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Glueing help.... (body laminates)

Discussion in 'Luthier's Corner' started by iareplaythebass, May 13, 2004.

  1. Hey,
    I began gluing my body laminates yesterday... on the first one, the joint didn't glue right... I ended up with a gap in the joint about the thickness of a credit card. It wasn't for a lack of clamps or pressure either, I had 24 clamps on it and it's only 16x6". If anybody could give me ideas of what I did wrong, I'd really appreciate it. I'm not hoping to salvage these 2 peices of wood for this bass, i'll use them for a smaller project later.

    Here's some of the little details that might be helpful to know...
    the woods: 1" Mahogany & 1/8" purpleheart
    Titebone I glue
    It was sorta humid when i glued up this joint too if that makes a difference(which I'm sure it does).

    Any tips how I can prevent it when I try again???
    Thanks for your help guys!
  2. schuyler


    Aug 5, 2003
    Atlanta, GA
    humidity will definitely make the glue take longer to cure. on high humidity days here in the southeast US, i prefer to use a polyurethane glue which is actually moisture-curing, so that the more humid it is, the faster the joint cures.

    as for the gap, there are many possibilities why it didn't close up. maybe a piece of sawdust or the like fell in the joint? possibly the clamps came off too soon, and the wood moved? the first question i would ask in finding the problem is "did you clamp the whole works together for a dry run before gluing?" though it takes extra time, a dry run is crucial to getting good seams. any problems with the joint can be found and fixed, and it's easier to tell if the joint is tight if there isn't glue seeping out of it.
  3. Thanks for you thought schuyler,

  4. Without seeing the joint up close (and without my glasses) it's impossible to tell for sure. Here's maybe some other possibilities:

    - a dip in either surface from the planer
    - improperly or incompletely cured (6-8%) components
    - a bubble in the glue film between slabs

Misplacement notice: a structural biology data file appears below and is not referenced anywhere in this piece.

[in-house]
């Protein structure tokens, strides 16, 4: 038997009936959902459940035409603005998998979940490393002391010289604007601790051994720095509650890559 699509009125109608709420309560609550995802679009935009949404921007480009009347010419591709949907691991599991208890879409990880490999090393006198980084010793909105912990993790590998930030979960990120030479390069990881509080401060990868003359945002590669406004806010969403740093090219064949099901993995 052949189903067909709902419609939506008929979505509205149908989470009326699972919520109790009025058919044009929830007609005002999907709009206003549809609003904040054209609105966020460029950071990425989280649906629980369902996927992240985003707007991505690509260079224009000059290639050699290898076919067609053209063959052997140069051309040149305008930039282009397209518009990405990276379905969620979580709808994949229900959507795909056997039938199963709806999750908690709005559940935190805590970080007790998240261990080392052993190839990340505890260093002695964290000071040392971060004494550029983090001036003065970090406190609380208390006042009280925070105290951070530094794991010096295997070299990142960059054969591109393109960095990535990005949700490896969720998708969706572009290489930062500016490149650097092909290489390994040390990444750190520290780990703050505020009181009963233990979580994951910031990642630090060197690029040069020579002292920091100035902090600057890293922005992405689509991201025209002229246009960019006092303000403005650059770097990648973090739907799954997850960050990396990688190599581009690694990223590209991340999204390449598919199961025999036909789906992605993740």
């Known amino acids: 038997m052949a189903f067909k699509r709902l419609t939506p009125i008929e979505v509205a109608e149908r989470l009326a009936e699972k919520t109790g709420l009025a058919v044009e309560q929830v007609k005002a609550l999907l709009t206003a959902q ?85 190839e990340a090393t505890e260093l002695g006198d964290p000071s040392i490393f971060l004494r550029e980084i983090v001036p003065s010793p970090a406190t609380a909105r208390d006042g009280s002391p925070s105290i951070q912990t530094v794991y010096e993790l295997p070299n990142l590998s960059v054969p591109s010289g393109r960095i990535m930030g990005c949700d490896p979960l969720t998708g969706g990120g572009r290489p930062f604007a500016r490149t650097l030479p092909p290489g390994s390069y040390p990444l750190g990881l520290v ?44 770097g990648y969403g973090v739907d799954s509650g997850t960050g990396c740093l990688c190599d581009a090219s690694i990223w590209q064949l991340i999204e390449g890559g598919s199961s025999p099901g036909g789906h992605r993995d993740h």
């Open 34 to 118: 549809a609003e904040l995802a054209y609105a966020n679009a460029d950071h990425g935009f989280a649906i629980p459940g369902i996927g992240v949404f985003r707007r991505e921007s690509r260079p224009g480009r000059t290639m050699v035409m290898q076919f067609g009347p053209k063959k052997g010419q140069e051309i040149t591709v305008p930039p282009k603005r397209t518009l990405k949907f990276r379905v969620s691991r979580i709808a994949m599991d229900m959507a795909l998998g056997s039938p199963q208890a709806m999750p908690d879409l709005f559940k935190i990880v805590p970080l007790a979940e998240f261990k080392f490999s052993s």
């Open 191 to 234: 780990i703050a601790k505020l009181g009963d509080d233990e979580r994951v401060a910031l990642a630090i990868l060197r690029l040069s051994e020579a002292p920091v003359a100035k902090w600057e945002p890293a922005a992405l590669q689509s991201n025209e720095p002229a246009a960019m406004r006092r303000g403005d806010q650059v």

other than that - get out the iron and try to get'em apart :(
  5. schuyler


    Aug 5, 2003
    Atlanta, GA
    if it clamped up dry with no gap, and the gap was there before the clamps came off, this suggests that some piece of foreign matter got in the join while you were assembling the glue-covered surfaces. common problem, especially around my workplace. the only other possibilites that come to mind would be extremely high humidity (raining), which doesn't sound like the case, or a heat source near the wood while the glue set, and that doesn't seem to be the case either. i'll put a dollar on a guess that there's a tiny little shaving of wood in there. good luck getting it apart... a little patience and some gently applied heat and pressure and you'll be back in business.
  6. Yeah i'm betting you're right. It was also very humid, but I'm betting it's some debris in there. I went ahead and bought new wood. I'm just glad it didn't happen with the expensive quilted maple!!!

    Anybody got tips on good ways to make sure clamping pressure is equally distributed when gluing thin peieces such as 1/8"???

    Thanks guys, you've been tons of help :smug:
  7. Suburban


    Jan 15, 2001
    lower mid Sweden
    Sand bag.

    Highly inconveniant to use, because you can't really see any sliding of the joint. Actually, you can barely see anything, except the bag!
    Also, it is not too easy to get the proper pressure = proper bag weight.

    OTOH, it is the only way I know to get an equally distributed pressure over a non-flat surface I know of, less a Quintus press... well. for flat surfaces, too, actually.
  8. JP Basses

    JP Basses

    Mar 22, 2002
    Paris FRANCE
  9. You can eliminate sliding by tape hinging one long edge of the 2 boards. Open up the pair, apply glue, fold up and clamp.
  10. FBB Custom

    FBB Custom TalkBass Pro Commercial User

    Jan 26, 2002
    Owner: FBB Bass Works
    A few things come to mind here.

    1) how long did you leave this clamped up? You should leave them in clamps overnight at least.

    2) Did you use something as clamping cauls? I generally use 1" thick neck cutoffs that run the full length of the piece as cauls to spread the pressure evenly along the surface of the work.